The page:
Buckingham’s MP has joined other Buckinghamshire MPs in hitting back at claims they have green-lit water companies dumping raw sewage in rivers, according to the Buckingham Advertiser.
MP for Buckingham Greg Smith joined fellow Conservative MP for Beaconsfield Joy Morrissey in explaining why they voted down an amendment to the Environment Bill that would have pressured firms and the government to reduce discharges of untreated sewage into waterways.
Wycombe MP Steve Baker and Aylesbury MP Rob Butler (also both Conservative) voted in the same way.
A proposal from the House of Lords for tougher measures was defeated by 265 MPs (to 202) last week.
Twenty-two Tory MPs rebelled.
MPs said safeguards are already in place and fresh measures would cost billions of pounds.
Since then, there has been considerable anger online.
Buckingham MP Greg Smith said he does not want to see sewage discharged into UK rivers, adding the Lords’ ‘well-intentioned but terminally flawed’ amendment would have cost the taxpayer dearly.
He also said were such discharges suddenly turned off, there is “nowhere else for the excess to go” but back into residents’ homes or streets.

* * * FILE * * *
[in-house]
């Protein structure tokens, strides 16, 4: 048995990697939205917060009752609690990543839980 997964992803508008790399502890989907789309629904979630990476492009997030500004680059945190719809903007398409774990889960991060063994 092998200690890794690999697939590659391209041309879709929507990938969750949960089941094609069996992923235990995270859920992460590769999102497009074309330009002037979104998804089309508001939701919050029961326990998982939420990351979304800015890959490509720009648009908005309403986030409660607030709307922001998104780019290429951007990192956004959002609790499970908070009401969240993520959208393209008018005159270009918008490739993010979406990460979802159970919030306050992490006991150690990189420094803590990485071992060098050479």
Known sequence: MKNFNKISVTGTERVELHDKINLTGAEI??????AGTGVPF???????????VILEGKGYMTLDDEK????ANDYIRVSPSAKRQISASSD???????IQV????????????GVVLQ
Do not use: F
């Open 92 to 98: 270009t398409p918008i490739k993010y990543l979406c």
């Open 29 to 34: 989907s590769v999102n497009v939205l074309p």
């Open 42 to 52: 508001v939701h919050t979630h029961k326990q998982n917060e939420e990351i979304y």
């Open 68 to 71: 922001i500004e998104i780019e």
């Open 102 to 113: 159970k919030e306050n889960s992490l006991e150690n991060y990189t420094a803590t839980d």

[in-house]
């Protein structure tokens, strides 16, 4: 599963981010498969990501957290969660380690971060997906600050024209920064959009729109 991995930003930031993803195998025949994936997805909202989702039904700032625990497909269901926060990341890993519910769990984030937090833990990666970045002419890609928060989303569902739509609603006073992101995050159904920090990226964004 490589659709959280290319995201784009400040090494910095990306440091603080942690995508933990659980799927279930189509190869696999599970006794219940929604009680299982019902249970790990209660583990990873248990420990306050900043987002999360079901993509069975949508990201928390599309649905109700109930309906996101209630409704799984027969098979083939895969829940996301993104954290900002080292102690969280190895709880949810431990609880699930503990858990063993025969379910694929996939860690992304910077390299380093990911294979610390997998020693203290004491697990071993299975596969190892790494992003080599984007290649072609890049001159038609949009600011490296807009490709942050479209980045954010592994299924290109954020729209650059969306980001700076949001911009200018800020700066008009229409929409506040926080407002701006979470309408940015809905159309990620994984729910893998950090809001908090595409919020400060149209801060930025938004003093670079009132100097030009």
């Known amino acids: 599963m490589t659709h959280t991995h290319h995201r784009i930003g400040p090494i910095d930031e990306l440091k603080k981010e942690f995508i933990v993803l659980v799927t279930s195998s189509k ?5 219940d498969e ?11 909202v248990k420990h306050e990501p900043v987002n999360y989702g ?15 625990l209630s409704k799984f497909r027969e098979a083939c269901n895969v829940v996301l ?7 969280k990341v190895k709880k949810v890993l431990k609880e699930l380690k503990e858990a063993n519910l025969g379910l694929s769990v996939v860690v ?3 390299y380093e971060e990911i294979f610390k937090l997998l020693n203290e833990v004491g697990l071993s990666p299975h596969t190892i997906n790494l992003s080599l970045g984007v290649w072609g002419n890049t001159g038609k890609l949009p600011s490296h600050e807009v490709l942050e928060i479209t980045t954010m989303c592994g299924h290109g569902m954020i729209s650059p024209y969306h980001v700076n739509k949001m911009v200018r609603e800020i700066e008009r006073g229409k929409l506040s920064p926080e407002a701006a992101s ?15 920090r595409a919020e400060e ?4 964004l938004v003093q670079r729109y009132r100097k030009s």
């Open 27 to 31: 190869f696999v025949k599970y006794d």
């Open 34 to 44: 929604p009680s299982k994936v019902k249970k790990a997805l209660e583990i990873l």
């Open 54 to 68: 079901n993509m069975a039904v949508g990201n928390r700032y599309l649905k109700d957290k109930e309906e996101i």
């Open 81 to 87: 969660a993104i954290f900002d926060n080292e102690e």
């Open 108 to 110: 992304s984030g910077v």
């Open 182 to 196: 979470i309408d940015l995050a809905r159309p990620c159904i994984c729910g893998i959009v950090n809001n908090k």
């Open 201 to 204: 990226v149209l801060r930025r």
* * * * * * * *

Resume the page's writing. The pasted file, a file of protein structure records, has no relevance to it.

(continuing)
He added: “There has been considerable anger on social media about a vote in the House of Commons last week.
“Without the context or detail, I can understand why.
“No one wants to see sewage discharged into our rivers and waterways, including me.
“I was an early backer of my colleague Philip Dunne’s bill to tackle this very problem, much of which has now been incorporated into the Environment Bill passing through Parliament right now.
“The government is taking river and waterway pollution very seriously.
“The Lords’ amendment, however, whilst well-intentioned, was terminally flawed by the fact it was not costed.
“In fact, the cost of such fundamental changes to our Victorian sewerage system to stop such discharges is somewhere between £150 and £650 billion. And there is only two places that money could come from: taxpayers or additions to water bills.
“With roughly 23 million households in England, the simple maths behind what this sort of expenditure would do to water bills is eye-watering. It’s my firm view that no matter how worthy the cause, you just can’t legislate blank cheques.
“There is also the uncomfortable truth that if such discharges, which have been happening for decades, are immediately turned off — there is nowhere else for the excess to go other than back up toilets into people’s homes or into the streets. This is a very technical and complex engineering problem given the infrastructure we start with.
“The provisions in the Environment Bill, which I have actively supported through its passage so far, include provisions for a realistic plan to be formed by 2022 – that is the sensible way forward and I hope goes to show there is always more to things like this than an attention-grabbing Tweet or headline.”